As fast-moving solar winds engulf the Earth, Dangerous geomagnetic storm strikes | Tech News

As fast-moving solar winds engulf the Earth, Dangerous geomagnetic storm strikes

A geomagnetic storm struck the Earth in the late hours of July 12 after fast-moving solar winds surrounded the Earth. Know the damage it caused and what the future may hold with increasing solar activity.

By: HT TECH
| Updated on: Jul 13 2022, 08:37 IST
geomagnetic storm
Solar winds were blasted by the Sun and caused a strong geomagnetic storm in the late night of July 12. Find out the damage it caused the Earth (Pixabay)

Solar activity has been consistently increasing on the Sun and scientists are beginning to worry that a massive geomagnetic storm might just be around the corner. In the late hours of July 12, the Sun ejected fast-moving solar winds towards the Earth which resulted in a geomagnetic storm. This geomagnetic storm is the latest in a series of solar attacks on Earth by the Sun. Last week, a particularly dangerous sunspot called AR3053 blasted a couple of M-class solar flares towards our planet and it caused widespread radio blackouts and GPS disruptions. While this latest geomagnetic storm was not strong enough to cause blackouts, it did impact shortwave radio frequencies. Know details and the reason behind this increased solar activity.

SpaceWeather.com reported, “A brief G1-class geomagnetic storm erupted on July 12th when Earth entered a stream of fast-moving solar wind. Shock-like discontinuities in the solar wind data suggest that one or more minor CMEs might have been embedded in the stream. No auroras have been reported, probably because of full moonlight”. While luckily, this one was just a G1-class storm, more solar storms are expected this week, which might be much stronger than this one.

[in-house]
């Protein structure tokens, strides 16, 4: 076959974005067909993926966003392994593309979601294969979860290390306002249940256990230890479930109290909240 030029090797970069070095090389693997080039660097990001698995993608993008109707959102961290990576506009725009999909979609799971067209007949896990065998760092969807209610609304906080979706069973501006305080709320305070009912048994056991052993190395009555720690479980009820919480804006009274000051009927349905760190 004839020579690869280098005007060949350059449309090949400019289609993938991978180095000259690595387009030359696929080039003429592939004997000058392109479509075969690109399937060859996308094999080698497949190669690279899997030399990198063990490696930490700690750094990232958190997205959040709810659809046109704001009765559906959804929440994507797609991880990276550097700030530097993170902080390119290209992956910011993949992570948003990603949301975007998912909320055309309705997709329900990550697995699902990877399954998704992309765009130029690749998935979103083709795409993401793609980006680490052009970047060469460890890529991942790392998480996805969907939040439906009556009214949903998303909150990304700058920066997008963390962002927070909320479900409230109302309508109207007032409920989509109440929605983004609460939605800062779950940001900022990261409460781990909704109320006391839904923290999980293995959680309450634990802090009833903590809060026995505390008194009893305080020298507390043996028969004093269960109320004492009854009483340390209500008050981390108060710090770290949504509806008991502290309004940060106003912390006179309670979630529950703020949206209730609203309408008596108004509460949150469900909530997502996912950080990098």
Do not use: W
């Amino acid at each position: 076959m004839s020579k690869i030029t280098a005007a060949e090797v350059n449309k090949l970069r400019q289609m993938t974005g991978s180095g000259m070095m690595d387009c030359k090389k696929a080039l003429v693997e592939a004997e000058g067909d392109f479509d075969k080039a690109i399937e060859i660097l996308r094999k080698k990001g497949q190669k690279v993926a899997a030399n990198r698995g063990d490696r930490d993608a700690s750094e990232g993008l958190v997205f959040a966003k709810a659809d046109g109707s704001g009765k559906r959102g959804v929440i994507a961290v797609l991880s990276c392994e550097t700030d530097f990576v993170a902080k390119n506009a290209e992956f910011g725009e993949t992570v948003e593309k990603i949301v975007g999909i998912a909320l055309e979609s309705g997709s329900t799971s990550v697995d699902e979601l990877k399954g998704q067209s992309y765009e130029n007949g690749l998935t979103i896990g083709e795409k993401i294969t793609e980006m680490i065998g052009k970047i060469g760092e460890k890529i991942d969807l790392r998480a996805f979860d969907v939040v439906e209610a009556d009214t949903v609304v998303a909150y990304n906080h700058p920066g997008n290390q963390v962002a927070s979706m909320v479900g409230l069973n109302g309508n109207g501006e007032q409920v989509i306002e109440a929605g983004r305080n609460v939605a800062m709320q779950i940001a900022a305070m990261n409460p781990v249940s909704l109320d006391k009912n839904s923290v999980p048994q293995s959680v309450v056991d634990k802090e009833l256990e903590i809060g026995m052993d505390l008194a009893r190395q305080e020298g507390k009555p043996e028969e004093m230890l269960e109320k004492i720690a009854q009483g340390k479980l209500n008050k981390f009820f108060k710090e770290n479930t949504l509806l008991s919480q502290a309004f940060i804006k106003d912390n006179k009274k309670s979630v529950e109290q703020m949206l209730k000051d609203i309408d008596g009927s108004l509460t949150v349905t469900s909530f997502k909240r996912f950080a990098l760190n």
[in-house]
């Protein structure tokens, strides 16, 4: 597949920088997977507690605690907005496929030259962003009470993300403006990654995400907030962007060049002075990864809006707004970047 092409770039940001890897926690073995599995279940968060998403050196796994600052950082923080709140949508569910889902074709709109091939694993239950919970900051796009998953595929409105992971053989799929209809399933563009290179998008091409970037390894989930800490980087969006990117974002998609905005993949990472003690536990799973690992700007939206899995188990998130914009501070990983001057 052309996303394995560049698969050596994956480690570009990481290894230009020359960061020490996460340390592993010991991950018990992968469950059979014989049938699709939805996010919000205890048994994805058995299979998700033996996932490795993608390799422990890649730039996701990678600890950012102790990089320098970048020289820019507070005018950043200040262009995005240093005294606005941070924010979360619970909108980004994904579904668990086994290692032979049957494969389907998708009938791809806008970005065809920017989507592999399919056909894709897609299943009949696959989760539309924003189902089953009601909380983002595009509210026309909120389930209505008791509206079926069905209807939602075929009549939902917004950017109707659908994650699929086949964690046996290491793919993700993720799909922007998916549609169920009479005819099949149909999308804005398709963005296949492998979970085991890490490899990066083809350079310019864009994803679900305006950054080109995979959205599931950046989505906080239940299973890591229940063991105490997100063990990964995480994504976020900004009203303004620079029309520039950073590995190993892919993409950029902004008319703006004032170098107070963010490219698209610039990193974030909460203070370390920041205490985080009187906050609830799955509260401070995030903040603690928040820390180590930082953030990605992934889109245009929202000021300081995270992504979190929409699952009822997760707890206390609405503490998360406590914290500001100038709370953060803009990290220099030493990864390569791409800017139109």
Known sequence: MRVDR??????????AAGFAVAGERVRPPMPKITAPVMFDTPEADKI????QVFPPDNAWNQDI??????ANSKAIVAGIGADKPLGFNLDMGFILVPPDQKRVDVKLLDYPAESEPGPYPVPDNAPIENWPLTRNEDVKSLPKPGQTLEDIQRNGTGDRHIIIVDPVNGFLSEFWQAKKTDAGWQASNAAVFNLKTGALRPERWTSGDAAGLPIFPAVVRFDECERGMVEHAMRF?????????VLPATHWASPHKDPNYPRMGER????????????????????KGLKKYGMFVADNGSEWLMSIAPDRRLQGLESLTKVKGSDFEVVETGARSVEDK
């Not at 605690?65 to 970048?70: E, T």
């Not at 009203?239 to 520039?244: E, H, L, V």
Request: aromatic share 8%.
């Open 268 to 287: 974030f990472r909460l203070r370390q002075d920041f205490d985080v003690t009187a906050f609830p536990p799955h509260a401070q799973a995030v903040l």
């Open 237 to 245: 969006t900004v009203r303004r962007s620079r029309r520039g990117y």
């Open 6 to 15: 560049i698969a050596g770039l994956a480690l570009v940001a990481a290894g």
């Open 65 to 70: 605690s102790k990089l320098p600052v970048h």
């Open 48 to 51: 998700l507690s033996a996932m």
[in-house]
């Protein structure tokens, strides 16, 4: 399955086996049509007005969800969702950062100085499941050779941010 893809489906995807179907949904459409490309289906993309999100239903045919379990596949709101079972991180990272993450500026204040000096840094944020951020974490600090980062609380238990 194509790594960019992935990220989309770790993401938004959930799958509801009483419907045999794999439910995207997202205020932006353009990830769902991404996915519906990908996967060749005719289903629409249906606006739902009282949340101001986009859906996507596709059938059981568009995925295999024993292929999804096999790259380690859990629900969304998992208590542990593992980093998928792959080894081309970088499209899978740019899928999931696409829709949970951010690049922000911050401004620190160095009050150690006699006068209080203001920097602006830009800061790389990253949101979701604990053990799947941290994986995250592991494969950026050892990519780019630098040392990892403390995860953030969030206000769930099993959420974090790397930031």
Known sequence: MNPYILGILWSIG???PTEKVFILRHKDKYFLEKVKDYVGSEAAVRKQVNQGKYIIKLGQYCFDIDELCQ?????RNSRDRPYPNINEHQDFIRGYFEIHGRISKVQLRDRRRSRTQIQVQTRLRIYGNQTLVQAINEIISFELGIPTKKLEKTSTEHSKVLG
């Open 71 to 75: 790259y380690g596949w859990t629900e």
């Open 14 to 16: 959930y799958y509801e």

Geomagnetic storm raises concerns about further solar activity

Right now, the Sun is moving towards the solar maximum phase of its solar cycle. A solar cycle is an 11-year long period for a Sun during which it reaches two phases — solar maximum where the solar activity, including coronal mass ejections (CME), solar flares and geomagnetic storms are at an all time high, and solar minimum where the solar activity is minimized. The Sun will reach its solar maximum in 2023 and till then it is expected that more sunspots will appear on the Sun, which will give rise to more spontaneous solar combustions.

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Some of these geomagnetic storms can be as severe as a G5-class storm, which can not only damage satellites but also GPS systems, mobile network, internet services and power grids. We have already experienced such a dangerous geomagnetic storm in 1859 when telegraph systems randomly caught fire and started displaying sparks. The event is widely known as the Carrington event.

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First Published Date: 13 Jul, 08:37 IST
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